From the date of the Decree Nisi (the first stage of the divorce), the Petitioner to a divorce must wait a period of six weeks and a day until they can apply for it to be made Absolute (the final decree). Failing such, the Respondent may after a further 3 months make their own application. Parties to a divorce often want it to be passed as quickly as possible yet may be advised to wait until such time as their financial settlement is resolved, but why?
The reason is to protect your financial position should your spouse pass away in the period between divorce and securing a final financial order. Once the Decree Absolute is obtained, the legal relationship between you and your spouse is ended and as a result, you are no longer their next of kin. This has serious repercussions in respect of the rules of intestacy or if there is a will in place, you are automatically omitted. The effect can be particularly damaging to any claim you may have in respect to your former spouse’s pension.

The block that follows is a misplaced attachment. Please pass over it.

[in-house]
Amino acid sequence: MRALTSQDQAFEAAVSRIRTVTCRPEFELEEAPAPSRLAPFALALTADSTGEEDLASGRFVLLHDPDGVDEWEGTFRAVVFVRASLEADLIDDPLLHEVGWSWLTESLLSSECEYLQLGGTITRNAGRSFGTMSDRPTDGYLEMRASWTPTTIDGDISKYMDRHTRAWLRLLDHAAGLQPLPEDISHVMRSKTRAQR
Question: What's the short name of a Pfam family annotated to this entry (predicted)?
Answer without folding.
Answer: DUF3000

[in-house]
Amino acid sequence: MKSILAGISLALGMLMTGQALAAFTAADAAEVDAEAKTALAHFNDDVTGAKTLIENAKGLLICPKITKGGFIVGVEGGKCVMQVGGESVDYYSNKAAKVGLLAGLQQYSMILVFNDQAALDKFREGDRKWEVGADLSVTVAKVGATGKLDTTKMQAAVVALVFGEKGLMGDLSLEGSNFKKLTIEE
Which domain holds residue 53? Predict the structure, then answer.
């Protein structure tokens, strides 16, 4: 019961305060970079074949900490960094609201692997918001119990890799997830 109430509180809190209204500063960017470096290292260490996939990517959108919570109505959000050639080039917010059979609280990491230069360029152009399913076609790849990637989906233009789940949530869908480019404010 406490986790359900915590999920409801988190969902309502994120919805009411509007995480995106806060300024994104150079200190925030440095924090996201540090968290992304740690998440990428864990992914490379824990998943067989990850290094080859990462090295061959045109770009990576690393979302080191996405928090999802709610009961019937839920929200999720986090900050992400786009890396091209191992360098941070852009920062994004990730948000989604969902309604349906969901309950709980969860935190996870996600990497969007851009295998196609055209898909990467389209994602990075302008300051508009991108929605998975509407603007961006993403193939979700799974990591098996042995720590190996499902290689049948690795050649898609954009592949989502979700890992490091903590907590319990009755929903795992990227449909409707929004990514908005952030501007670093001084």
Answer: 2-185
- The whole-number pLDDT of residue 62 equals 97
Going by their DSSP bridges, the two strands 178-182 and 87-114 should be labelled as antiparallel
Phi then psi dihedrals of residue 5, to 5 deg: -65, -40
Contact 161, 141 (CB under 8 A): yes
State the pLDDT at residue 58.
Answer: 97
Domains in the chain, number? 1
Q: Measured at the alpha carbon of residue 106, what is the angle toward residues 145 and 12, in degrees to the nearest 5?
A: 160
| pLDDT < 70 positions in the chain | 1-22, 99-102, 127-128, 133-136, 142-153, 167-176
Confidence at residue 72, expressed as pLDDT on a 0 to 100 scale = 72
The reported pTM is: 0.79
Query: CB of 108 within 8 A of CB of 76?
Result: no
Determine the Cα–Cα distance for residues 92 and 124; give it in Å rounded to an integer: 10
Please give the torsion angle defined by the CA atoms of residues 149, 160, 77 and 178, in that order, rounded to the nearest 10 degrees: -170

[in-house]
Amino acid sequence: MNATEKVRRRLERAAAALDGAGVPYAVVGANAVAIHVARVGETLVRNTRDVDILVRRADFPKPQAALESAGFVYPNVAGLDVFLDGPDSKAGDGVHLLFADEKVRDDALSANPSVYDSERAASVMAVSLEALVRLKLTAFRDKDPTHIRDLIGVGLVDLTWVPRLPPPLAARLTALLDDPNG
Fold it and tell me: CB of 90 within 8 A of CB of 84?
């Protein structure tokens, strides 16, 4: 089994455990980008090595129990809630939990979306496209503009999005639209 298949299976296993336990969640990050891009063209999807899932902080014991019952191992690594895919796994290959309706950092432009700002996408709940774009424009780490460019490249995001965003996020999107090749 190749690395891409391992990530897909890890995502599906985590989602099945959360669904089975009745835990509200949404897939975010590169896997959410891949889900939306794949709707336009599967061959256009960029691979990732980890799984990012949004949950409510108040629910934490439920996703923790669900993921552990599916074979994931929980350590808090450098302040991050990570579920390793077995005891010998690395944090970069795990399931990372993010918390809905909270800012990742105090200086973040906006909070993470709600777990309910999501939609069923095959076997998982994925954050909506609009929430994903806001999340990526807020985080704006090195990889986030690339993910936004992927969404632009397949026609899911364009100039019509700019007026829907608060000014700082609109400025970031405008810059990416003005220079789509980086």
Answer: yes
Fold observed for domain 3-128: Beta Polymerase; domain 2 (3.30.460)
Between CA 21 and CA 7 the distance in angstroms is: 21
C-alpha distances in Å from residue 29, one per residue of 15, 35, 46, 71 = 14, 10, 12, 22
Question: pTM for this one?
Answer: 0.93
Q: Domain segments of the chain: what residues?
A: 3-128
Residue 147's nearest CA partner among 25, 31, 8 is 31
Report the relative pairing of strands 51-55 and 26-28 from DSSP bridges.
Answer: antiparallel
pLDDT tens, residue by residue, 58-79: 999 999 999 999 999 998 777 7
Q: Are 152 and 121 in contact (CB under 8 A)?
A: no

Whilst trying to do all you can to protect your own position, Clients often ask how best to ensure their spouse in the same period would not benefit from their own demise. The best possible way to ensure this is, at the time of separation, to re-consider your own will or if you do not have one, arrange for a will to be prepared as quickly as possible to reflect your current wishes.
If you would like to arrange an introductory appointment to discuss divorce or any other family matter, then please contact Family Solicitor Andrew Foulds.